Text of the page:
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Path to gather signatures cleared for voter ID petition

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Joe Shlabotni
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The Board of State Canvassers approved the form of a petition Monday that would require a partial social security number to register to vote.

An initiative to add new restrictions to Michigan’s voter I-D policies has cleared a last hurdle before signature gathering begins.

The Board of State Canvassers Monday approved the form of a petition from the group, Secure My Vote, that would require a partial social security number to register to vote.

The measure would no longer allow voters without an I-D to vote by signing an affidavit. It would also bar officials from sending unsolicited absentee ballot applications.

Jeff Litten is Secure My Vote executive director.

“I think just even one case of fraud is a problem no matter what happens. If there’s one case of fraud, that’s an issue,” Litten said.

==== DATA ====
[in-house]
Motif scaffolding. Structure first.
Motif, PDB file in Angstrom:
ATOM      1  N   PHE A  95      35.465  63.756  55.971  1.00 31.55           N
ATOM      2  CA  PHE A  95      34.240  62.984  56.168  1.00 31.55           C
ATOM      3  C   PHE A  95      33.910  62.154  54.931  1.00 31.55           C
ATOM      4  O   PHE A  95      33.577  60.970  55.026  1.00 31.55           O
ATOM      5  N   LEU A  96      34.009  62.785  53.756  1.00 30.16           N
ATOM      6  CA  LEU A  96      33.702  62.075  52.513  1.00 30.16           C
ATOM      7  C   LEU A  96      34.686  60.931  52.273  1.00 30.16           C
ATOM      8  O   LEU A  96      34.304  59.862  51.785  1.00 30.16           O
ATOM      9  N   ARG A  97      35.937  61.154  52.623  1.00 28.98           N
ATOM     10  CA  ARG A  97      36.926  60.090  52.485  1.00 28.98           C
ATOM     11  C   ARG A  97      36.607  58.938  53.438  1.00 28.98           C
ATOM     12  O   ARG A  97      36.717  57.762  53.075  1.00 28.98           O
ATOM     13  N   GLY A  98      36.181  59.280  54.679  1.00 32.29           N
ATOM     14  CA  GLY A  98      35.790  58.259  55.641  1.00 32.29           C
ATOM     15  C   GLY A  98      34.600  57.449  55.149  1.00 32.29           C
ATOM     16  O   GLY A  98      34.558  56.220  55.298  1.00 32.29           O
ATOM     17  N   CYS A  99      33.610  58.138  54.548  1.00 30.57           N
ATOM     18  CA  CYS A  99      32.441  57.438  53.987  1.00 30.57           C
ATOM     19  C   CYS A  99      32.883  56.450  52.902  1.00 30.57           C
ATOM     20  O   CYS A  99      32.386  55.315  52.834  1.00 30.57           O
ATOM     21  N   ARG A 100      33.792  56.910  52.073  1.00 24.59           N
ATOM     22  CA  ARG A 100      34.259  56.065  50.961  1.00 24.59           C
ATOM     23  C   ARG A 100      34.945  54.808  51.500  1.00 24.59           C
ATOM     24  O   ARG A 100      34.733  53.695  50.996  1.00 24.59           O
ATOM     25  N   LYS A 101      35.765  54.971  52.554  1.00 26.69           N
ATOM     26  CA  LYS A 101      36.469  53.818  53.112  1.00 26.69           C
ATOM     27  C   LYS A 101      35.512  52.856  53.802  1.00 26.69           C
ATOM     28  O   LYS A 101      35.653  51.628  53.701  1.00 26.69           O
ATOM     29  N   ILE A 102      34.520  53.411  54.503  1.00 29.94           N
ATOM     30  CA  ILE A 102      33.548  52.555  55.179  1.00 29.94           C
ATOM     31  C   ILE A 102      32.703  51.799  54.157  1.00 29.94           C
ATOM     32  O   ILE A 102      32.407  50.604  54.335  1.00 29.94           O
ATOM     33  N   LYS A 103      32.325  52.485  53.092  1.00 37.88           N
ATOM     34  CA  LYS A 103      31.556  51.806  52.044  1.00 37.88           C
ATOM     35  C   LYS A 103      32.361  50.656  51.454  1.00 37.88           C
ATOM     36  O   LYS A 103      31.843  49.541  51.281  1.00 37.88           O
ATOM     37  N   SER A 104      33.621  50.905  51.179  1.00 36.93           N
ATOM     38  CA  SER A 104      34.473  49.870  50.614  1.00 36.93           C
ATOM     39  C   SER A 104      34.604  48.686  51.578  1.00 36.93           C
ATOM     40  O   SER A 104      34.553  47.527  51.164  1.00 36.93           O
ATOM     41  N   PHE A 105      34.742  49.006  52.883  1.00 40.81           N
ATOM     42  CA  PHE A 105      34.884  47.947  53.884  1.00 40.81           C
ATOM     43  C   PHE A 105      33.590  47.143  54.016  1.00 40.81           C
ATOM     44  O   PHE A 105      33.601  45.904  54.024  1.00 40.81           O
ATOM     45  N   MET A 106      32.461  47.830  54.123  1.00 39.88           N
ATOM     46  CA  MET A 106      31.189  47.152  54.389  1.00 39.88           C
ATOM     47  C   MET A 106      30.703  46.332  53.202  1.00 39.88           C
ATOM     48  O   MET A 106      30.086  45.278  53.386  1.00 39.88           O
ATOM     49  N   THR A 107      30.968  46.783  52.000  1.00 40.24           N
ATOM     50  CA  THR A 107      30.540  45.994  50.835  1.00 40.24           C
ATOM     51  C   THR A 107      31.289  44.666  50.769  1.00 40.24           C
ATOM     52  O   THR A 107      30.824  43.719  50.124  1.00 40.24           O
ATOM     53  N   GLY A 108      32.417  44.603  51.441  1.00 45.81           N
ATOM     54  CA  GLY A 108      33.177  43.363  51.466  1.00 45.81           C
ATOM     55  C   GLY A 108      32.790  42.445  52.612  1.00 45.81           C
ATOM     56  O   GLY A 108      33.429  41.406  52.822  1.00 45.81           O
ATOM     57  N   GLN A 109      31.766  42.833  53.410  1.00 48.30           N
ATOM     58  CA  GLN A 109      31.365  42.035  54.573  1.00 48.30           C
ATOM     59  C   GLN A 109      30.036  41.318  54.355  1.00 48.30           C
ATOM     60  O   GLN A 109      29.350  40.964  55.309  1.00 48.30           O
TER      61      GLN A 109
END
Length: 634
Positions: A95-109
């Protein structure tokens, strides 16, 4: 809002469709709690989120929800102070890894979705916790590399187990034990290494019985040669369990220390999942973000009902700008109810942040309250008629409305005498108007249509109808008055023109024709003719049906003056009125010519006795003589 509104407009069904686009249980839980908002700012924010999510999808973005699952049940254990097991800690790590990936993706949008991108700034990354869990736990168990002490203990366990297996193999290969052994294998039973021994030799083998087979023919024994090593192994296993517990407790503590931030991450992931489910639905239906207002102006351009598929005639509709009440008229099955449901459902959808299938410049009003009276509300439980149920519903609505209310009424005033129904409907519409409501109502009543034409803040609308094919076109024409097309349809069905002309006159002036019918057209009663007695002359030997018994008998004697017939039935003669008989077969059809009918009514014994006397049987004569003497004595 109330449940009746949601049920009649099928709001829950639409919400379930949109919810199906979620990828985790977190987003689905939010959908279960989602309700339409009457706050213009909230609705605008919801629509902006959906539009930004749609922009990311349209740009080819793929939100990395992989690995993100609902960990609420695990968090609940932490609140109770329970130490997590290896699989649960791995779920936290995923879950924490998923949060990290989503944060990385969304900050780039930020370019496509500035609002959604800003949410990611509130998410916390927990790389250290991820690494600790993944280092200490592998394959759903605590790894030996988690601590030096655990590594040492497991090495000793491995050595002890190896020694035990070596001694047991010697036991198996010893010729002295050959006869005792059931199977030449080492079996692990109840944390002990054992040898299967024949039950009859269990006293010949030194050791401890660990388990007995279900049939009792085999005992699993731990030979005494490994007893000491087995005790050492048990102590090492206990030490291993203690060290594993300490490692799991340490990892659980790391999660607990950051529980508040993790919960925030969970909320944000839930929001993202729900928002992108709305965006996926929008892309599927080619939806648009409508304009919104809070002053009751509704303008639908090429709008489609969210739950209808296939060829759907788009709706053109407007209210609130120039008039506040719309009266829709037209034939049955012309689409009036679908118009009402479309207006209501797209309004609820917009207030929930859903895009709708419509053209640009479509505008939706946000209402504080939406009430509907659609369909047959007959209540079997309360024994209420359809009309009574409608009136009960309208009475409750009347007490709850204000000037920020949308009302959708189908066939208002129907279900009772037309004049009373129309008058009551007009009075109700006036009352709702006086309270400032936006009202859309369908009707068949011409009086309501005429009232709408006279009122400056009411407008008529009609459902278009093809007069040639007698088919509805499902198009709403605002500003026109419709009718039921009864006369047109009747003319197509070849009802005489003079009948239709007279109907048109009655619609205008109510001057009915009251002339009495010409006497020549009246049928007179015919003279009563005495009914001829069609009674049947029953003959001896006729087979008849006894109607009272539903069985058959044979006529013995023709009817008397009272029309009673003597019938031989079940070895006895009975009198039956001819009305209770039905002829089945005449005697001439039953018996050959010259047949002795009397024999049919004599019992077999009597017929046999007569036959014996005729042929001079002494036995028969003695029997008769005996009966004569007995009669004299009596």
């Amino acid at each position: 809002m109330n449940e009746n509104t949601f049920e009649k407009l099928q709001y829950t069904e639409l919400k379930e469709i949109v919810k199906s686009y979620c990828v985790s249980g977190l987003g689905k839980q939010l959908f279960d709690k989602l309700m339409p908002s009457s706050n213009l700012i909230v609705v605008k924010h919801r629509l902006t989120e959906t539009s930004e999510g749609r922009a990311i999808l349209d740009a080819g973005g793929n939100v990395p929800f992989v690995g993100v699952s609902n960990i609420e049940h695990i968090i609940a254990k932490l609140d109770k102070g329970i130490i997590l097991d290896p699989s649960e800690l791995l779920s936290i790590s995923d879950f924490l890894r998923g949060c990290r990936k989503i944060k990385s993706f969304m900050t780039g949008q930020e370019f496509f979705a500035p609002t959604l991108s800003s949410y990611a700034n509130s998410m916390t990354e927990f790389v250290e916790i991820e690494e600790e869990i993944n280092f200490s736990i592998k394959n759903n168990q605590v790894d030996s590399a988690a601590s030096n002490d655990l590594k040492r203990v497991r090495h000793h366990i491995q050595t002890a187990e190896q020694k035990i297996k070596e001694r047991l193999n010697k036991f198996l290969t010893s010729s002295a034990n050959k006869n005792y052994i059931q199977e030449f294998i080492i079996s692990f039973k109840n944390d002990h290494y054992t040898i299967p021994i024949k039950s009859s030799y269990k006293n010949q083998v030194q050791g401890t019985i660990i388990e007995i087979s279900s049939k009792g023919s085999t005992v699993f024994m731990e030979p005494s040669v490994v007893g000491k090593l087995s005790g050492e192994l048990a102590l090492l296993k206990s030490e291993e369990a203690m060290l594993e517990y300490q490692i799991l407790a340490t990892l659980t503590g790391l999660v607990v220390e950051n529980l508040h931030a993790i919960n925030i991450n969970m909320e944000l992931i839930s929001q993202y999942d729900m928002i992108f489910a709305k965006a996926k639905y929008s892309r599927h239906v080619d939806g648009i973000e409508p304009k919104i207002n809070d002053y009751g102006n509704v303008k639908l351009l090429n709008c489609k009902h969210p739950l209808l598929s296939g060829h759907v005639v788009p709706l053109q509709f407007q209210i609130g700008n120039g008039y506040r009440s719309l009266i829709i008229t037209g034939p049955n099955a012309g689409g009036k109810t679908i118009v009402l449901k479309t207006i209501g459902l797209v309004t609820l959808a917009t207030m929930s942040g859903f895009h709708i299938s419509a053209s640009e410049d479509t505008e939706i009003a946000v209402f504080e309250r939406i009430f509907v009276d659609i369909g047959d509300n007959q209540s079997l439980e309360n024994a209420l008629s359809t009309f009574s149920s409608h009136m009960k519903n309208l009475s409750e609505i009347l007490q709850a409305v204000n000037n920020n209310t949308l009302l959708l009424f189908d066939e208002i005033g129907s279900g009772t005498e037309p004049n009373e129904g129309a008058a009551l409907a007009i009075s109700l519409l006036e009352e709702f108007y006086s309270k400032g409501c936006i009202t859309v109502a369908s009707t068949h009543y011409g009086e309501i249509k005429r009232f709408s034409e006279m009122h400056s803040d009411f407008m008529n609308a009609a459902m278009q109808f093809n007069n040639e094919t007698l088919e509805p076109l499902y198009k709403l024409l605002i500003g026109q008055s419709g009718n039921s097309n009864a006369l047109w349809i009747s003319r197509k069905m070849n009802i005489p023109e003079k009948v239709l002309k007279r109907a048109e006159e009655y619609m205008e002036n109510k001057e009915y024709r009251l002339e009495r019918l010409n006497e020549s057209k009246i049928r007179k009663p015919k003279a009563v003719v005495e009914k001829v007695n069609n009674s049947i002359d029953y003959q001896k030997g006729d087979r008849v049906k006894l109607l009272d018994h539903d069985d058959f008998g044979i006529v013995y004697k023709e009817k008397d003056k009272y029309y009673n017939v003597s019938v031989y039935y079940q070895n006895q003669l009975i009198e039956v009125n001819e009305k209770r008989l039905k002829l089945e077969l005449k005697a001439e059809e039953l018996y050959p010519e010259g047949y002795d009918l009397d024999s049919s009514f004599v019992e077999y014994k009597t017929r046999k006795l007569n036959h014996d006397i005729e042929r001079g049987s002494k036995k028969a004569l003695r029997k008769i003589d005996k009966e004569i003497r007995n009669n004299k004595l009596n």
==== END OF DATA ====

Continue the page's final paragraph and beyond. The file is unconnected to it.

Experts and election officials have repeatedly said voter fraud was not an issue in the 2020 general election.

The measure echoes efforts in the G-O-P-led legislature to make the state’s election laws stricter.

If the group behind the petition gathers at least 340-thousand signatures, the legislature could adopt the measure into law without the Democratic governor’s approval. In that scenario, the initiative would never reach the November 2022 ballot.

As expected, the Board of State Canvassers approved the form of the petition by a 3-0 vote. Vice chair Julie Matuzak was not in attendance Monday.

Despite voting to approve the form, Matuzak’s fellow Democratic board member, Jeannette Bradshaw said she disagrees with the petition’s premise.

“I just don’t feel that this petition is necessary. I think it actually hinders voting instead of promoting voting,” Bradshaw said.

The meeting is a follow up to one held last week when the board delayed form approval due to several typos on the petition.

Bradshaw said, going forward, she will not vote to approve any forms without seeing the final version.

“We don’t have promulgated rules for the board. So just having policy of how we’re going to proceed. I think that’s important for us,” Bradshaw said.

While signature gathering could technically begin without the board’s approval, Monday’s vote is an insurance step to reduce legal challenges down the road.

Petition backers say they plan to begin signature collection within two weeks.